By Sandy K. Johnson

In the 1950s, some medical schools advised students not to bother learning about Alzheimer’s disease because it was so rare. That turned out to be drastically wrong: Fifty million people now have dementia across the world.

In the United States, dementia has an economic impact of $200 billion. The need for diagnoses and treatment is so urgent that Congress has given the National Institute on Aging a “bypass” around the normal federal funding process, said Dr. Eliezer Masliah, director of the division of neuroscience at the National Institute on Aging, a division of the National Institutes of Health. With bipartisan support, NIA’s budget has tripled in recent years, to $2.3 billion.

It is a “golden era of research,” said Dr. Marilyn Albert, director of the division of cognitive neuroscience at Johns Hopkins University, which is a grantee of NIA. The need is urgent – there has been no new drug therapy approved since 2003.

NIA funds 30 centers similar to Johns Hopkins around the country. At Johns Hopkins, 150-200 researchers work with a population of 500 people to conduct research on a range of dementia issues; the other 29 centers operate similarly. Data from all 30 is collected at the National Alzheimer’s Coordinating Center, based at the University of Washington in Seattle. (Journalists can request the data.)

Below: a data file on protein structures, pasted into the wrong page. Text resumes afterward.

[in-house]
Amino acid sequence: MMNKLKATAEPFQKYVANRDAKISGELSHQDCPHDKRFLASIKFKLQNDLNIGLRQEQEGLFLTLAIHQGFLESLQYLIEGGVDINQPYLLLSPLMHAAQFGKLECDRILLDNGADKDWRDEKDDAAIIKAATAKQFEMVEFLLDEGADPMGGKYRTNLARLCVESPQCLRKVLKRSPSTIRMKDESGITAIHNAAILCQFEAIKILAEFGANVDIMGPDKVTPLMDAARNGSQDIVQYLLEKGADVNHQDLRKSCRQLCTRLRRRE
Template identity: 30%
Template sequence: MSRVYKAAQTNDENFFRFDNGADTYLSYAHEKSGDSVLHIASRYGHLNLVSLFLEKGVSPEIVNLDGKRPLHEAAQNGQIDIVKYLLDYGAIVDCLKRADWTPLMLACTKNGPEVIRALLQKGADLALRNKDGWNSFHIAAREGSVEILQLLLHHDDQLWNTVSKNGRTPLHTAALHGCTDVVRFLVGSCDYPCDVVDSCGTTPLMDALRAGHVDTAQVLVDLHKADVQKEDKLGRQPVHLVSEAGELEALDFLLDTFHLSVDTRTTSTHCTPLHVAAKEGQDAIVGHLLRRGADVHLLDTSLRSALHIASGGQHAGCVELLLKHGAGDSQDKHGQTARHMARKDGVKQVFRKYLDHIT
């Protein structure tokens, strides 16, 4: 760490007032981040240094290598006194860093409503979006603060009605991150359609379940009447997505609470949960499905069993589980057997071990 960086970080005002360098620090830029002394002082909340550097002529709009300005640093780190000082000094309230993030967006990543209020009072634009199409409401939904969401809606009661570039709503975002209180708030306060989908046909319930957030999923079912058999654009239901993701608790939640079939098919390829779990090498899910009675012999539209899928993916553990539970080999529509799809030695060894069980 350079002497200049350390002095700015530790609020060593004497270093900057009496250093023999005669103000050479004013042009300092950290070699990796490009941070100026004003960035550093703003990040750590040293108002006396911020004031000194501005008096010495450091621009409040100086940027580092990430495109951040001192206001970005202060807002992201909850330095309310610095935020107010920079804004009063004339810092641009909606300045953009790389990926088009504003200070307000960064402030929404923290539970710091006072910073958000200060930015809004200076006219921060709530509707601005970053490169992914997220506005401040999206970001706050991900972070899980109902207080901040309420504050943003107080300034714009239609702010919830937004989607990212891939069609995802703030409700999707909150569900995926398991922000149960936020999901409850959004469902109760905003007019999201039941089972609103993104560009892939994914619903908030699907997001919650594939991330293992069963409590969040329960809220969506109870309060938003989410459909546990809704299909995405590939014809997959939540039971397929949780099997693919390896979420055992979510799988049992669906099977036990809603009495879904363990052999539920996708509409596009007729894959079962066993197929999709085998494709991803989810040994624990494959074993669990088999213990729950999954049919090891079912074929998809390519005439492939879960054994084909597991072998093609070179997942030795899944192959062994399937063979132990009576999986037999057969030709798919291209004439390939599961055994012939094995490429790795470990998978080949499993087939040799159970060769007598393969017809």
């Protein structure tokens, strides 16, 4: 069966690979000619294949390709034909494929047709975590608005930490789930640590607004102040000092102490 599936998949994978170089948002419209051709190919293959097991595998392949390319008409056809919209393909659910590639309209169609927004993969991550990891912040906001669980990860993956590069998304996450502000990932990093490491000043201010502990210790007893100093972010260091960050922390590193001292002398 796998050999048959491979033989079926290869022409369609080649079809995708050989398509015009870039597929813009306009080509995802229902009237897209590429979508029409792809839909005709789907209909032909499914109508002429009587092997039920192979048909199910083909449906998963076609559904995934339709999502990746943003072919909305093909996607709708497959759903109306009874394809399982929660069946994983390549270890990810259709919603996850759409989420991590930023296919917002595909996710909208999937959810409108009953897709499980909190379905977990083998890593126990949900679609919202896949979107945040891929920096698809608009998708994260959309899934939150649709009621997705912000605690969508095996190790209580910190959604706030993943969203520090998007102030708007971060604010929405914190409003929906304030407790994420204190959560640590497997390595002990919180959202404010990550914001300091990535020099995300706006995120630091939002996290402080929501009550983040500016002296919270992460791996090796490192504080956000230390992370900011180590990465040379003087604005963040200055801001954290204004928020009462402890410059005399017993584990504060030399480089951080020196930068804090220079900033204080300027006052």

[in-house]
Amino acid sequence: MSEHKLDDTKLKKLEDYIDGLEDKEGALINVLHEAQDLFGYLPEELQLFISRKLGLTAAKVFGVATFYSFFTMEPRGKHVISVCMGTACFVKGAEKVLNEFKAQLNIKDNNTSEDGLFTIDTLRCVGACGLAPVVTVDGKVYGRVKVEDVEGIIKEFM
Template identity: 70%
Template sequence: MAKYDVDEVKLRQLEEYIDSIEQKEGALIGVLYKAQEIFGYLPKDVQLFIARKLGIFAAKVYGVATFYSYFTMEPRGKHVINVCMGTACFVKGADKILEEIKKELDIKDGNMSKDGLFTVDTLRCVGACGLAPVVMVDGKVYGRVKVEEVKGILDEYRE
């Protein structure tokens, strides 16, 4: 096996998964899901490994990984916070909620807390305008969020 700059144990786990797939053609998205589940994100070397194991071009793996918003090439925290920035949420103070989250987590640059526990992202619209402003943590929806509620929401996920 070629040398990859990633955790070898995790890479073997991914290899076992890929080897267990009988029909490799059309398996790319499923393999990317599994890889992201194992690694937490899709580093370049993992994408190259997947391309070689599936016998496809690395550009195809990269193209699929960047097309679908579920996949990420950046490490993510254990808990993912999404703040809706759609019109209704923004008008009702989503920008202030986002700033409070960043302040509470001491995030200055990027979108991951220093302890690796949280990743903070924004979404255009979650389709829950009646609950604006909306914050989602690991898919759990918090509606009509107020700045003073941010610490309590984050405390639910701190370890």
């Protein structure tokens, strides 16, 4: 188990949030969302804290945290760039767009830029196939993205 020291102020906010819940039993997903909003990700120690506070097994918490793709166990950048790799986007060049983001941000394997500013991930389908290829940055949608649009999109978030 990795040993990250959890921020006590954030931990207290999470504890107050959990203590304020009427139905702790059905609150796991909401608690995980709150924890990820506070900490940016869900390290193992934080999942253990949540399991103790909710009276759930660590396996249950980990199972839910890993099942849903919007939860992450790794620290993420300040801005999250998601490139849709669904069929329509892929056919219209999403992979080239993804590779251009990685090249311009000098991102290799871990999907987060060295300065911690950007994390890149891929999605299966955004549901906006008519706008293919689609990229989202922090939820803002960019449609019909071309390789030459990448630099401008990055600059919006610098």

One challenge is that dementia is hard to detect. People normally begin to lose cognitive function as they age, a silent phase called “preclinical.” After that, they slip into the phase where they noticeably have trouble with daily tasks or with memory; that’s called “mild cognitive impairment.” The last phase – when most people are actually diagnosed – is dementia in its many forms.

Researchers are working hard to identify potential dementia in those first two phases – through the discovery of biomarkers (perhaps in the next year or two, Masliah said), genetic research and preclinical trials. NIA has 140 clinical trials under way on dementia. Pharmaceutical companies have many more; as Albert noted, a successful treatment would mean billions of dollars in profits.

Scientists are also studying how lifestyle factors can influence brain decline. A recent National Academy of Medicine study suggested that cognitive activity and physical activity could delay or prevent the onset of dementia. Albert also chairs the Global Council on Brain Health, funded by AARP and focused on prevention.

There is also a demographic disparity. African-Americans and Hispanics are more likely to develop dementia than Caucasians, another mystery that researchers are trying to unravel.



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